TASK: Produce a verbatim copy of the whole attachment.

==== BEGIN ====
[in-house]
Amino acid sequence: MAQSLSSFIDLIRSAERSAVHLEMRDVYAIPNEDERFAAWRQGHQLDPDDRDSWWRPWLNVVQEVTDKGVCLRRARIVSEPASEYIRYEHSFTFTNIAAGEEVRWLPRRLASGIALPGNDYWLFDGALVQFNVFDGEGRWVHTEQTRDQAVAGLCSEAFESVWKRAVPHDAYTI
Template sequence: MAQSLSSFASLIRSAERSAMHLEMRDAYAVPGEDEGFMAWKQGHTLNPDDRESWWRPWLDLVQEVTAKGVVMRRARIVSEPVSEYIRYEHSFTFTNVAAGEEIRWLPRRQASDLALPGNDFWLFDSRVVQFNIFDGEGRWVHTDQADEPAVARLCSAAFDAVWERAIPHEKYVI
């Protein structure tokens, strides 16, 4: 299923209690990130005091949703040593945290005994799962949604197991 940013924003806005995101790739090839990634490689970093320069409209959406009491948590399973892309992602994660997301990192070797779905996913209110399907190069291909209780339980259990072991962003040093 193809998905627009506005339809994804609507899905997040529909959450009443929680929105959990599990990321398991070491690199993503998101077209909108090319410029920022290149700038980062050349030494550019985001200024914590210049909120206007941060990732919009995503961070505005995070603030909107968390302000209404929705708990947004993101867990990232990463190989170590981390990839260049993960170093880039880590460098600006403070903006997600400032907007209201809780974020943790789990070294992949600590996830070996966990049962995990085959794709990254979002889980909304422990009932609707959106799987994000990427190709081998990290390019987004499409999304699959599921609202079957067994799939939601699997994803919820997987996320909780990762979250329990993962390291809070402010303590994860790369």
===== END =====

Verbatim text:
[in-house]
Amino acid sequence: MAQSLSSFIDLIRSAERSAVHLEMRDVYAIPNEDERFAAWRQGHQLDPDDRDSWWRPWLNVVQEVTDKGVCLRRARIVSEPASEYIRYEHSFTFTNIAAGEEVRWLPRRLASGIALPGNDYWLFDGALVQFNVFDGEGRWVHTEQTRDQAVAGLCSEAFESVWKRAVPHDAYTI
Template sequence: MAQSLSSFASLIRSAERSAMHLEMRDAYAVPGEDEGFMAWKQGHTLNPDDRESWWRPWLDLVQEVTAKGVVMRRARIVSEPVSEYIRYEHSFTFTNVAAGEEIRWLPRRQASDLALPGNDFWLFDSRVVQFNIFDGEGRWVHTDQADEPAVARLCSAAFDAVWERAIPHEKYVI
């Protein structure tokens, strides 16, 4: 299923209690990130005091949703040593945290005994799962949604197991 940013924003806005995101790739090839990634490689970093320069409209959406009491948590399973892309992602994660997301990192070797779905996913209110399907190069291909209780339980259990072991962003040093 193809998905627009506005339809994804609507899905997040529909959450009443929680929105959990599990990321398991070491690199993503998101077209909108090319410029920022290149700038980062050349030494550019985001200024914590210049909120206007941060990732919009995503961070505005995070603030909107968390302000209404929705708990947004993101867990990232990463190989170590981390990839260049993960170093880039880590460098600006403070903006997600400032907007209201809780974020943790789990070294992949600590996830070996966990049962995990085959794709990254979002889980909304422990009932609707959106799987994000990427190709081998990290390019987004499409999304699959599921609202079957067994799939939601699997994803919820997987996320909780990762979250329990993962390291809070402010303590994860790369």